"Potential is not casual; it is not randomly distributed in the universe. It is a sacred gift and a trust to all organisms by primal consciousness which lives at the beginnings and is never ending." -- from "Potentialities" by Wilfred Cartey

As Father's Day approaches this year, I find that many black men with whom I speak are feeling under siege.

It's easy to understand why. After all, how long can you be called "an endangered species" without its having an impact?

But despite today's alarming negative statistics in such measures of economic well-being as income, health, employment and education, I have reason to be hopeful for the future.

This, then, is my Father's Day message for black men.

Remember that the past half-century has been one of progress, but also one of great paradox and tragedy.

After overcoming legal segregation and total disfranchisement, blacks entered the 1970s somewhat optimistic about achieving political, educational and financial parity.

But that did not happen. "For the most part, African Americans made few gains after the early 1970s," David H. Swinton of Jackson State University in Mississippi testified at a recent congressional hearing on the economic status of blacks.

"And as we enter the 1990s, most indicators have declined to pre-1970 levels," Swinton told the Joint Economic Committee's subcommittee on investment, jobs and prices.

Dwindling economic opportunity has helped to undermine fully one-third of African Americans today.

Tragically, for example, black people were just painting a firm place in the American economy as the economy was losing its cutting-edge competitiveness.

"With the decline of industries like auto and steel, textile and apparel, rubber tires and electrical appliances," Eleanor Holmes Norton testified at the same hearing, "hundreds of thousands of black workers {mostly men} have lost the jobs and opportunities that should have been their passports to economic security and upward mobility."

The point made by Norton, a candidate for D.C. delegate, was that while doors opened for those fortunate enough to have higher education and to find jobs in offices, they slammed shut for those who expected to work in the country's factories and machine shops.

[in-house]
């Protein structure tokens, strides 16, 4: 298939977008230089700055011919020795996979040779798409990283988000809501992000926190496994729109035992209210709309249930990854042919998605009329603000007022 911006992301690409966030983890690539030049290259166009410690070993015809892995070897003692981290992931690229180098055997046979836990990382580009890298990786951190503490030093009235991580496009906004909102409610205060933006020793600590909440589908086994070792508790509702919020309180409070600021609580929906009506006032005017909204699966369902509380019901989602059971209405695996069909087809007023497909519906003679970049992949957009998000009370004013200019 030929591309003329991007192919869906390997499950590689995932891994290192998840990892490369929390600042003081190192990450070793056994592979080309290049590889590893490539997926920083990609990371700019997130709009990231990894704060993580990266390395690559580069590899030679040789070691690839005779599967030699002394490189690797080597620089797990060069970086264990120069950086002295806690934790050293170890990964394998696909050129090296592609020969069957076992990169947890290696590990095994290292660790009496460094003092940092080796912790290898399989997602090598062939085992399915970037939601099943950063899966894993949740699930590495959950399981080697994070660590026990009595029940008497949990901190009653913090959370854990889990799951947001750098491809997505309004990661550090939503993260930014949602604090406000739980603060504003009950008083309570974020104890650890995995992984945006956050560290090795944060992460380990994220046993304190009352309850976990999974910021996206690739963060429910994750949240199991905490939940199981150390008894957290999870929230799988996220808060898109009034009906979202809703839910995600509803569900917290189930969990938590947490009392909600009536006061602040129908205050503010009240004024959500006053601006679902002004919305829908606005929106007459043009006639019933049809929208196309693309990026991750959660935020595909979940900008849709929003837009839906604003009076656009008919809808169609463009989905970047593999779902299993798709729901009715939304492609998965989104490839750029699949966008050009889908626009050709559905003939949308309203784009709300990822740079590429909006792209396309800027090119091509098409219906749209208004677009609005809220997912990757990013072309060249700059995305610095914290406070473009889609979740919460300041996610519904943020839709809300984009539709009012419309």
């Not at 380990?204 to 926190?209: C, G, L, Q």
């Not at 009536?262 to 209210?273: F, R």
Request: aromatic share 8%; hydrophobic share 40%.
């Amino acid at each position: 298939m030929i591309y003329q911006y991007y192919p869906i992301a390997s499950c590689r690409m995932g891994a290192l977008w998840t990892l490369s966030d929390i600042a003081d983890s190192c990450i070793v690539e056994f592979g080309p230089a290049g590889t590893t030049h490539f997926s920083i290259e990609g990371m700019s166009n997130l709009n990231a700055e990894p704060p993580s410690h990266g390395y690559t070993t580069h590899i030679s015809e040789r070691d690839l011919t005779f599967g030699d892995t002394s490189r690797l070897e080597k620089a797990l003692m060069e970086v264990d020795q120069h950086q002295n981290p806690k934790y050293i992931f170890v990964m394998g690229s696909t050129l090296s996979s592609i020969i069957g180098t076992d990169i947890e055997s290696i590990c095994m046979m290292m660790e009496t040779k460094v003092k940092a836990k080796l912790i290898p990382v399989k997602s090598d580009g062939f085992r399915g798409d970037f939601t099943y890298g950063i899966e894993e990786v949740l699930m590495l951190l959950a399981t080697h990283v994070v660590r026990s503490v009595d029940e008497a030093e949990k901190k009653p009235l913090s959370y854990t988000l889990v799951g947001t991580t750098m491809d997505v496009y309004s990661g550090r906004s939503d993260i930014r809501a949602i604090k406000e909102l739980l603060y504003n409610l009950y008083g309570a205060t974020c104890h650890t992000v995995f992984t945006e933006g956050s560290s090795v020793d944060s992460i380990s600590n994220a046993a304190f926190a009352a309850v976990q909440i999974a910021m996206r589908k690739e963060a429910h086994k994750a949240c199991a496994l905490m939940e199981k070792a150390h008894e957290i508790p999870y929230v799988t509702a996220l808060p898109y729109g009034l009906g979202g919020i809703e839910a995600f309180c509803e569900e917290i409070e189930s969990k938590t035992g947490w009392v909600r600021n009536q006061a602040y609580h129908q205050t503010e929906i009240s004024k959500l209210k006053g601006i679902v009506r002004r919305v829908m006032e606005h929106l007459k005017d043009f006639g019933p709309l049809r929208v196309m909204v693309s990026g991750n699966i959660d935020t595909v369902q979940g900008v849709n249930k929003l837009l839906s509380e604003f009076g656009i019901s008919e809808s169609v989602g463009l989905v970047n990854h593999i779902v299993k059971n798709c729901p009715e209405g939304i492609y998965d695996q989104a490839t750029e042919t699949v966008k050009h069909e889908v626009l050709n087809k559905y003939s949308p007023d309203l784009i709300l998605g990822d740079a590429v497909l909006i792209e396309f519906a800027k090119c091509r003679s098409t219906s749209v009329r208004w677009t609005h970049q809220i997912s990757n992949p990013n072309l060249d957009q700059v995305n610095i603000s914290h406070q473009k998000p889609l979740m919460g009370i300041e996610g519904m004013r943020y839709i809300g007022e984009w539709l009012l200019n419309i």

And so we must fight for economic parity even as we remember the limits of materialism.

In America, success equals money, not humanity, love or caring. Thus there is a correlation between America's representation of success and its effects on black men.

Lacking material wealth, they have been psychologically painted as being less. Some of them feel that even the success of the black woman is being used to further damage their ego, spirit and self-esteem.

To counteract the feelings of being under siege, black men must read history and prepare for intellectual survival by reclaiming their importance in the world.

Then they can fully occupy their own place and not be overcome by events in the larger world. That means moving beyond the grips of negative images and the fallacy that every black man's face is a criminal face. Then society's branding will be irrelevant.

Black men must believe in themselves, their families and communities. They must be responsible and walk tall, and in that way they can protect the children, the elderly and the sufferers.

Finally, keep living, loving and enjoying. Let nobody take away your capacity for joy.

As the Trinidadian-born poet Wilfred Cartey reminds us in "Potentialities": "Each single self then is in an organic state of empowerment . . . . All life is vital . . . to the gift and the glory of your potential." And I add: You are needed in the world.